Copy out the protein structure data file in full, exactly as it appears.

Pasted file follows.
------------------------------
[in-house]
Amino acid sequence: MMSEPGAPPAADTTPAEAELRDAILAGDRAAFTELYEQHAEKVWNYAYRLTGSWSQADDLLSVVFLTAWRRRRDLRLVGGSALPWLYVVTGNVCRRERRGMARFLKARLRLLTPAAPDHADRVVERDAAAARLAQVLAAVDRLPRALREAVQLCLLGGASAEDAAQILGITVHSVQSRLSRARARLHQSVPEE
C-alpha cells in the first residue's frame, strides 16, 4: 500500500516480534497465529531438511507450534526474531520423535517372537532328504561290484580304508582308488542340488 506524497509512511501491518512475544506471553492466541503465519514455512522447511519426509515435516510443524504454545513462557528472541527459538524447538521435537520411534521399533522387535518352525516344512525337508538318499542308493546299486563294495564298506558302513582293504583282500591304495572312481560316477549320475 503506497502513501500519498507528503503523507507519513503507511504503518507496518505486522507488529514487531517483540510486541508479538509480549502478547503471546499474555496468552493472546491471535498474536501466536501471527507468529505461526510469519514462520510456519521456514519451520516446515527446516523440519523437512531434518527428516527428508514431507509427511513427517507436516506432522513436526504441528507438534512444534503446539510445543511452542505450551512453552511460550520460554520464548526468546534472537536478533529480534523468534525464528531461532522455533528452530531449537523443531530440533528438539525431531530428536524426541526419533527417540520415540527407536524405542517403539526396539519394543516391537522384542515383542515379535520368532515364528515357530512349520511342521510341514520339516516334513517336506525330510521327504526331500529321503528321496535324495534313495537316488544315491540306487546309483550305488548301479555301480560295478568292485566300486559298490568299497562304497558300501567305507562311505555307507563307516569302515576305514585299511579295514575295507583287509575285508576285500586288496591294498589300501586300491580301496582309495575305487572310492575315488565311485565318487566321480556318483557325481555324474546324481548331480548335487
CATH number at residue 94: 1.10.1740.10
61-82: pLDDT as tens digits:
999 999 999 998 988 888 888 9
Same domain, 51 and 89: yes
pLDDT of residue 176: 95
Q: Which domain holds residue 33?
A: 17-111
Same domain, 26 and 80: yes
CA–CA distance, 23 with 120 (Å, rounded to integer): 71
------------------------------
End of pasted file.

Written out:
[in-house]
Amino acid sequence: MMSEPGAPPAADTTPAEAELRDAILAGDRAAFTELYEQHAEKVWNYAYRLTGSWSQADDLLSVVFLTAWRRRRDLRLVGGSALPWLYVVTGNVCRRERRGMARFLKARLRLLTPAAPDHADRVVERDAAAARLAQVLAAVDRLPRALREAVQLCLLGGASAEDAAQILGITVHSVQSRLSRARARLHQSVPEE
C-alpha cells in the first residue's frame, strides 16, 4: 500500500516480534497465529531438511507450534526474531520423535517372537532328504561290484580304508582308488542340488 506524497509512511501491518512475544506471553492466541503465519514455512522447511519426509515435516510443524504454545513462557528472541527459538524447538521435537520411534521399533522387535518352525516344512525337508538318499542308493546299486563294495564298506558302513582293504583282500591304495572312481560316477549320475 503506497502513501500519498507528503503523507507519513503507511504503518507496518505486522507488529514487531517483540510486541508479538509480549502478547503471546499474555496468552493472546491471535498474536501466536501471527507468529505461526510469519514462520510456519521456514519451520516446515527446516523440519523437512531434518527428516527428508514431507509427511513427517507436516506432522513436526504441528507438534512444534503446539510445543511452542505450551512453552511460550520460554520464548526468546534472537536478533529480534523468534525464528531461532522455533528452530531449537523443531530440533528438539525431531530428536524426541526419533527417540520415540527407536524405542517403539526396539519394543516391537522384542515383542515379535520368532515364528515357530512349520511342521510341514520339516516334513517336506525330510521327504526331500529321503528321496535324495534313495537316488544315491540306487546309483550305488548301479555301480560295478568292485566300486559298490568299497562304497558300501567305507562311505555307507563307516569302515576305514585299511579295514575295507583287509575285508576285500586288496591294498589300501586300491580301496582309495575305487572310492575315488565311485565318487566321480556318483557325481555324474546324481548331480548335487
CATH number at residue 94: 1.10.1740.10
61-82: pLDDT as tens digits:
999 999 999 998 988 888 888 9
Same domain, 51 and 89: yes
pLDDT of residue 176: 95
Q: Which domain holds residue 33?
A: 17-111
Same domain, 26 and 80: yes
CA–CA distance, 23 with 120 (Å, rounded to integer): 71